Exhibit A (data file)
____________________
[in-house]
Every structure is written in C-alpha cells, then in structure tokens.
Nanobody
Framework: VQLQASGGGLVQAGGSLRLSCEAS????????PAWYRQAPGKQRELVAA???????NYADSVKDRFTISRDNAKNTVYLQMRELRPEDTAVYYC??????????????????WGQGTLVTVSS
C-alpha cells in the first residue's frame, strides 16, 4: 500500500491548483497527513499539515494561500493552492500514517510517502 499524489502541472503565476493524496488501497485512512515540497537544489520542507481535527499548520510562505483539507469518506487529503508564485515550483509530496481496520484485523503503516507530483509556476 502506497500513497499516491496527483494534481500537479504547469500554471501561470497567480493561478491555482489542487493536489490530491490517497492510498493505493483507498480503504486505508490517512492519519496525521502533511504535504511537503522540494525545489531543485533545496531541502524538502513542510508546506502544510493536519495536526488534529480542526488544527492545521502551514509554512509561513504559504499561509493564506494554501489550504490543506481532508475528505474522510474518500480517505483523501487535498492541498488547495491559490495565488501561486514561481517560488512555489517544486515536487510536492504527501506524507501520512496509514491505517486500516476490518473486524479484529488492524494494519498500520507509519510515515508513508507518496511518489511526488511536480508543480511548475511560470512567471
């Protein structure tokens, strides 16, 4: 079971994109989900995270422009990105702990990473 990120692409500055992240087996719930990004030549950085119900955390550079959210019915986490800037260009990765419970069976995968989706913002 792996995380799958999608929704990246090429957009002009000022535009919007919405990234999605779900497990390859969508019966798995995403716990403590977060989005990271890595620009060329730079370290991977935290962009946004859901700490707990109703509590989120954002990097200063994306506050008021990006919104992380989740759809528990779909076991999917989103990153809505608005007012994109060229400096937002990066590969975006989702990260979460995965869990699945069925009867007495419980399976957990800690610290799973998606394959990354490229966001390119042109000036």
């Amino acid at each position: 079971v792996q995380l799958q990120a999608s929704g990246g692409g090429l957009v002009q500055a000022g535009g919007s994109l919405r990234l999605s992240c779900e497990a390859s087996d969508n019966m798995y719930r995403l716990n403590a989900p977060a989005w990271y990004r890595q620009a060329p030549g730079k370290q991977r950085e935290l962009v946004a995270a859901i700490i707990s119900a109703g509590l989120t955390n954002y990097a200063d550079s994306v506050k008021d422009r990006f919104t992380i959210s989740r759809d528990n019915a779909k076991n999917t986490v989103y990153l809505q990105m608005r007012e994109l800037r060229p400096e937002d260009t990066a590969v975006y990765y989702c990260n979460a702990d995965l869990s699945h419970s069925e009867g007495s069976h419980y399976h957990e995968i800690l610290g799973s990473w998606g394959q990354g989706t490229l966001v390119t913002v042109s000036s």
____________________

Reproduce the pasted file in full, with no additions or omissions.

[in-house]
Every structure is written in C-alpha cells, then in structure tokens.
Nanobody
Framework: VQLQASGGGLVQAGGSLRLSCEAS????????PAWYRQAPGKQRELVAA???????NYADSVKDRFTISRDNAKNTVYLQMRELRPEDTAVYYC??????????????????WGQGTLVTVSS
C-alpha cells in the first residue's frame, strides 16, 4: 500500500491548483497527513499539515494561500493552492500514517510517502 499524489502541472503565476493524496488501497485512512515540497537544489520542507481535527499548520510562505483539507469518506487529503508564485515550483509530496481496520484485523503503516507530483509556476 502506497500513497499516491496527483494534481500537479504547469500554471501561470497567480493561478491555482489542487493536489490530491490517497492510498493505493483507498480503504486505508490517512492519519496525521502533511504535504511537503522540494525545489531543485533545496531541502524538502513542510508546506502544510493536519495536526488534529480542526488544527492545521502551514509554512509561513504559504499561509493564506494554501489550504490543506481532508475528505474522510474518500480517505483523501487535498492541498488547495491559490495565488501561486514561481517560488512555489517544486515536487510536492504527501506524507501520512496509514491505517486500516476490518473486524479484529488492524494494519498500520507509519510515515508513508507518496511518489511526488511536480508543480511548475511560470512567471
């Protein structure tokens, strides 16, 4: 079971994109989900995270422009990105702990990473 990120692409500055992240087996719930990004030549950085119900955390550079959210019915986490800037260009990765419970069976995968989706913002 792996995380799958999608929704990246090429957009002009000022535009919007919405990234999605779900497990390859969508019966798995995403716990403590977060989005990271890595620009060329730079370290991977935290962009946004859901700490707990109703509590989120954002990097200063994306506050008021990006919104992380989740759809528990779909076991999917989103990153809505608005007012994109060229400096937002990066590969975006989702990260979460995965869990699945069925009867007495419980399976957990800690610290799973998606394959990354490229966001390119042109000036």
């Amino acid at each position: 079971v792996q995380l799958q990120a999608s929704g990246g692409g090429l957009v002009q500055a000022g535009g919007s994109l919405r990234l999605s992240c779900e497990a390859s087996d969508n019966m798995y719930r995403l716990n403590a989900p977060a989005w990271y990004r890595q620009a060329p030549g730079k370290q991977r950085e935290l962009v946004a995270a859901i700490i707990s119900a109703g509590l989120t955390n954002y990097a200063d550079s994306v506050k008021d422009r990006f919104t992380i959210s989740r759809d528990n019915a779909k076991n999917t986490v989103y990153l809505q990105m608005r007012e994109l800037r060229p400096e937002d260009t990066a590969v975006y990765y989702c990260n979460a702990d995965l869990s699945h419970s069925e009867g007495s069976h419980y399976h957990e995968i800690l610290g799973s990473w998606g394959q990354g989706t490229l966001v390119t913002v042109s000036s």